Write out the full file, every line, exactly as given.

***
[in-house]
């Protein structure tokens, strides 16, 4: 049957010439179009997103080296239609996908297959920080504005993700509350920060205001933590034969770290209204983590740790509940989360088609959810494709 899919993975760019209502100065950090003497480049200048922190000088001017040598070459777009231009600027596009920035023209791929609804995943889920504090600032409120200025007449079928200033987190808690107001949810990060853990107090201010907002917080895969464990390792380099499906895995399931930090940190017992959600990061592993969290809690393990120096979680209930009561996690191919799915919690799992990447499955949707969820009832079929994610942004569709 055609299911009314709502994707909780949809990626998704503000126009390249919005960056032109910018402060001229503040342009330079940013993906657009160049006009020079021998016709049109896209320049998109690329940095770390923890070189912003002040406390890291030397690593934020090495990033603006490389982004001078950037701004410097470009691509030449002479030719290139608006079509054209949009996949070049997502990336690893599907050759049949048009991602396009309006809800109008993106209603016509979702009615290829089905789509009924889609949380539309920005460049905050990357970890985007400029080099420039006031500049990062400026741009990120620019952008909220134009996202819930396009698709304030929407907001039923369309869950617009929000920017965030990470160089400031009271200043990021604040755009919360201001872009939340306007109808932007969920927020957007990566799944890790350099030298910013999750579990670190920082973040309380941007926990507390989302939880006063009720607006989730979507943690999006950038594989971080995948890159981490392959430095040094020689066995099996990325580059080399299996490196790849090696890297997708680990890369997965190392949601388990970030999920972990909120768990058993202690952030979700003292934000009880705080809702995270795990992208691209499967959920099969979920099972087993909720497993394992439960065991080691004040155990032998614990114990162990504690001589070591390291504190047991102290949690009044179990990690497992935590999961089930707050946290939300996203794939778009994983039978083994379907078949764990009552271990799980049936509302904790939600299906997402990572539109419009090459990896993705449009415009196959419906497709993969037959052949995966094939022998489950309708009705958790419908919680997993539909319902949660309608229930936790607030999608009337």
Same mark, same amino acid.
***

[in-house]
């Protein structure tokens, strides 16, 4: 049957010439179009997103080296239609996908297959920080504005993700509350920060205001933590034969770290209204983590740790509940989360088609959810494709 899919993975760019209502100065950090003497480049200048922190000088001017040598070459777009231009600027596009920035023209791929609804995943889920504090600032409120200025007449079928200033987190808690107001949810990060853990107090201010907002917080895969464990390792380099499906895995399931930090940190017992959600990061592993969290809690393990120096979680209930009561996690191919799915919690799992990447499955949707969820009832079929994610942004569709 055609299911009314709502994707909780949809990626998704503000126009390249919005960056032109910018402060001229503040342009330079940013993906657009160049006009020079021998016709049109896209320049998109690329940095770390923890070189912003002040406390890291030397690593934020090495990033603006490389982004001078950037701004410097470009691509030449002479030719290139608006079509054209949009996949070049997502990336690893599907050759049949048009991602396009309006809800109008993106209603016509979702009615290829089905789509009924889609949380539309920005460049905050990357970890985007400029080099420039006031500049990062400026741009990120620019952008909220134009996202819930396009698709304030929407907001039923369309869950617009929000920017965030990470160089400031009271200043990021604040755009919360201001872009939340306007109808932007969920927020957007990566799944890790350099030298910013999750579990670190920082973040309380941007926990507390989302939880006063009720607006989730979507943690999006950038594989971080995948890159981490392959430095040094020689066995099996990325580059080399299996490196790849090696890297997708680990890369997965190392949601388990970030999920972990909120768990058993202690952030979700003292934000009880705080809702995270795990992208691209499967959920099969979920099972087993909720497993394992439960065991080691004040155990032998614990114990162990504690001589070591390291504190047991102290949690009044179990990690497992935590999961089930707050946290939300996203794939778009994983039978083994379907078949764990009552271990799980049936509302904790939600299906997402990572539109419009090459990896993705449009415009196959419906497709993969037959052949995966094939022998489950309708009705958790419908919680997993539909319902949660309608229930936790607030999608009337």
Same mark, same amino acid.